Article by Alexis Lopez

A few days ago, ISM’s BTV released a video with the intent of addressing the gender imbalance in school councils. While the sincere and well thought-out responses of current female student council members resonated positively with many, it was some of the views expressed in the video and in the comments below the video that left viewers truly stunned. These views were shared by the High School community, who expressed their reactions and sentiments the day after the video was released.

In the video, male and female students were interviewed regarding their opinion on this gender imbalance. The male students interviewed responded by saying that men tend to make better leaders due to their “masculinity and testosterone, which helps them to get the job done,” and be more “assertive, confident, and stand on an issue without switching sides.” As more people watched the video, students and teachers alike could not help but notice the sexist comments left by other viewers on the Youtube site. The moderators of the Bamboo Telegraph channel were quick to disable the comments, but screenshots passed around the next day revealed the upsetting and derogatory nature of many of these remarks.

TOK teacher Mr. Cook expressed, “The claim that men make better leaders because they’re more confident is pseudoscience. [This belief] is more culturally engendered rather than biological.” He mentions that “even so, confidence is not the best quality for a leader,” citing Donald Trump as “grotesquely confident,” albeit “not an entirely effective leader.”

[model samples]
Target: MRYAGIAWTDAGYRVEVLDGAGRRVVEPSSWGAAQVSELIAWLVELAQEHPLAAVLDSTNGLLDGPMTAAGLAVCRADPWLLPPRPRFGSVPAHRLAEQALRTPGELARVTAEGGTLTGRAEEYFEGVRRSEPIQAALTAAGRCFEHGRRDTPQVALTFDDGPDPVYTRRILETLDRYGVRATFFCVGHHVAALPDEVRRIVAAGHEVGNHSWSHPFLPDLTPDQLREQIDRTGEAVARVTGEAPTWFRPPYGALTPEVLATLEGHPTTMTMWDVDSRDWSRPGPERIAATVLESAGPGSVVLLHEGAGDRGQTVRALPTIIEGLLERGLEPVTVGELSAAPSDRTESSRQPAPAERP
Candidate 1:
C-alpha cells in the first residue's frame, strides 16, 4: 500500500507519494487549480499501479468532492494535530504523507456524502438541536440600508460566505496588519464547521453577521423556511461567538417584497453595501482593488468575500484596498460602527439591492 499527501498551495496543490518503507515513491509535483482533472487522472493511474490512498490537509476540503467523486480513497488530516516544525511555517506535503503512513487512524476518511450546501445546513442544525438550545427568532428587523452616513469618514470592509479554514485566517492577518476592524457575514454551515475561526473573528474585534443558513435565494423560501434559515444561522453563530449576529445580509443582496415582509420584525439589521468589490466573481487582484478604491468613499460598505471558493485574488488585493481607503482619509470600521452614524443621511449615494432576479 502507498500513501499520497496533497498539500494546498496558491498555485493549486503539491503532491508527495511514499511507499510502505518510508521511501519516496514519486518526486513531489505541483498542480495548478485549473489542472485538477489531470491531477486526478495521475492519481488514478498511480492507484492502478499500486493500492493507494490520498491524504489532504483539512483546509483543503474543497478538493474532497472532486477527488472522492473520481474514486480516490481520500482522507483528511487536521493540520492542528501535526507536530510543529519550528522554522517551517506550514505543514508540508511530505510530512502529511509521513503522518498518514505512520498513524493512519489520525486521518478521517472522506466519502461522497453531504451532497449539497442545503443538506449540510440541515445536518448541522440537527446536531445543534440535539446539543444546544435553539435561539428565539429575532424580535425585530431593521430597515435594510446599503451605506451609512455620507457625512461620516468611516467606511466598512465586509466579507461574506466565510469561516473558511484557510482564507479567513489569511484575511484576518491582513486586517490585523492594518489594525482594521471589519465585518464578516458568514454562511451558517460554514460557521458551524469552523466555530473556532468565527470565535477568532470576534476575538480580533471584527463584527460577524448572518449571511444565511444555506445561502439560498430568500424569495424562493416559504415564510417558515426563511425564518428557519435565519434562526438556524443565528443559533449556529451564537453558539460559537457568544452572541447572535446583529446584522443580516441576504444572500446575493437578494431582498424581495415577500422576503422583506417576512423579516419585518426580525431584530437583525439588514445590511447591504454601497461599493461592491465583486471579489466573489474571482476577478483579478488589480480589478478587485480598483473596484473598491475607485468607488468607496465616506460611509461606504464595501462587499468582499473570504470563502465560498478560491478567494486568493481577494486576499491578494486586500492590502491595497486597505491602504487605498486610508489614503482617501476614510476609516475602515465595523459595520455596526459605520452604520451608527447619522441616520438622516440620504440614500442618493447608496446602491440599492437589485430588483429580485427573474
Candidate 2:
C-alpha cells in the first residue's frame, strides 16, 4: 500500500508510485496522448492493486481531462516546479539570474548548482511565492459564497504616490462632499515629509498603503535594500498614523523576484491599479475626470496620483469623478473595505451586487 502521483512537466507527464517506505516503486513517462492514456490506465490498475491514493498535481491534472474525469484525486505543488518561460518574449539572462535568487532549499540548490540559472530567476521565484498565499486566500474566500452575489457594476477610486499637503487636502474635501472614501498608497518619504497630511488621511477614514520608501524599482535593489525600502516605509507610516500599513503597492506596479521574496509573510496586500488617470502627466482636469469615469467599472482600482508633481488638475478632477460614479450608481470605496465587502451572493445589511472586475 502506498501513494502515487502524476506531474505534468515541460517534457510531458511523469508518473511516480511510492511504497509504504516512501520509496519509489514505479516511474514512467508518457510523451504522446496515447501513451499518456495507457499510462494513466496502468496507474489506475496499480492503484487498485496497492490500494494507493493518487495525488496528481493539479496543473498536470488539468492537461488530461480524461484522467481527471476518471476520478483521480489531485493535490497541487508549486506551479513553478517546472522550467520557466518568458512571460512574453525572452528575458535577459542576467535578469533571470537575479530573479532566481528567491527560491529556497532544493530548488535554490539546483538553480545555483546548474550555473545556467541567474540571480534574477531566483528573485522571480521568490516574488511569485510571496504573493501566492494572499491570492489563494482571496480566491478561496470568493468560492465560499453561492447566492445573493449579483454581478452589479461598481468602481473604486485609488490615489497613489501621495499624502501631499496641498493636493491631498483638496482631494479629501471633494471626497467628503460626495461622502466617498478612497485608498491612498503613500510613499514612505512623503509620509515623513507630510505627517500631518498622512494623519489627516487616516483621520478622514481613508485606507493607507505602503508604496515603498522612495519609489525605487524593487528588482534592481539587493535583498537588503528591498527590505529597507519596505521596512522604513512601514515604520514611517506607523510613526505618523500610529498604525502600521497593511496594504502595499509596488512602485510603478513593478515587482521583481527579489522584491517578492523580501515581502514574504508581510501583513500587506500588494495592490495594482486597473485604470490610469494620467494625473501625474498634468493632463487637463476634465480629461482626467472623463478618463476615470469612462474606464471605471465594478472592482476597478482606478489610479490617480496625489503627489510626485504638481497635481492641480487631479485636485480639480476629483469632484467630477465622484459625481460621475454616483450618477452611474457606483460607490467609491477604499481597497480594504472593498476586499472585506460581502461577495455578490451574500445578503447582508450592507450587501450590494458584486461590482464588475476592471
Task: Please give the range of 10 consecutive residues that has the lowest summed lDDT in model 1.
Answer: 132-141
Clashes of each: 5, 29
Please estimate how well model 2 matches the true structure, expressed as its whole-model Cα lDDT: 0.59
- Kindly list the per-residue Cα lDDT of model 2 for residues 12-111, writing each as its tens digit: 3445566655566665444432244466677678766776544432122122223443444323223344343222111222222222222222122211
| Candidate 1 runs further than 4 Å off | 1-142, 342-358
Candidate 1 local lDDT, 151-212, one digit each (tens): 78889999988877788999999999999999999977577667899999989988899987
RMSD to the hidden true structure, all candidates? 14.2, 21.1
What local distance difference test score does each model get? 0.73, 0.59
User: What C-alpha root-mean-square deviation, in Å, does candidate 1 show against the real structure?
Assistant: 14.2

Literature teacher Ms. Thompson, was upset that such attitudes as the ones expressed in the video were present at ISM. She voiced her opinion saying, “I was angry that there were people in our community that would have the audacity and the lack of thought to say those kinds of things.” She wanted to remind students and faculty, “Our community is full of strong, brilliant women. If we’re not going to support each other, who will? We are standing on the shoulders of giants, and these giants are both men and women.”

Likewise, Junior Harini R. said, “Hearing that video and listening to those opinions being publicly shared by people in our grade, truly aggravated me. Girls are born into a world with sexism, and we will continue to encounter it till the day we die. But the one place where we are supposed to feel safe to grow as learners and leaders is school, but those comments took away the safety we felt here [at ISM] and replaced it with confusion, anger, and intense emotions I didn’t know how to deal with.”

Incoming BTV Co-Producer Rocio T. was thrilled with the community-wide impact that the video has created and acknowledged the “need to develop arguments from both sides.” Additionally, she expressed, “I look forward to creating more content like this video that instigates meaningful and community-changing conversations.” CAS Coordinator, Mr. Woods held similar beliefs, calling the decision to publish the video a “bold, brave, and important move,” as he feels that talking about these gender-related issues “ is an important conversation for students to have.”

Current ISSBA Secretary Sam M. echoed this sentiment remarking, “I think it’s time we spoke about this issue. It’s without doubt been questionable since last year’s election, and I am glad opinions like the ones in the video are shown.” Sam also voiced his opinion regarding whether these sexist views were widespread in the HS community saying, “I cannot agree [with the stereotype] that all men are anti-feminist or stubborn. Many of the best male leaders of this school recognize that female leadership is equally as powerful.”

Being an international school, ISM teaches its students to respect and uphold the dignity of each student regardless of their race or gender, as well as to value and celebrate our diversity. This can be achieved through the combined efforts of both male and female students to lift each other up, working together to support and empower each member of the community.

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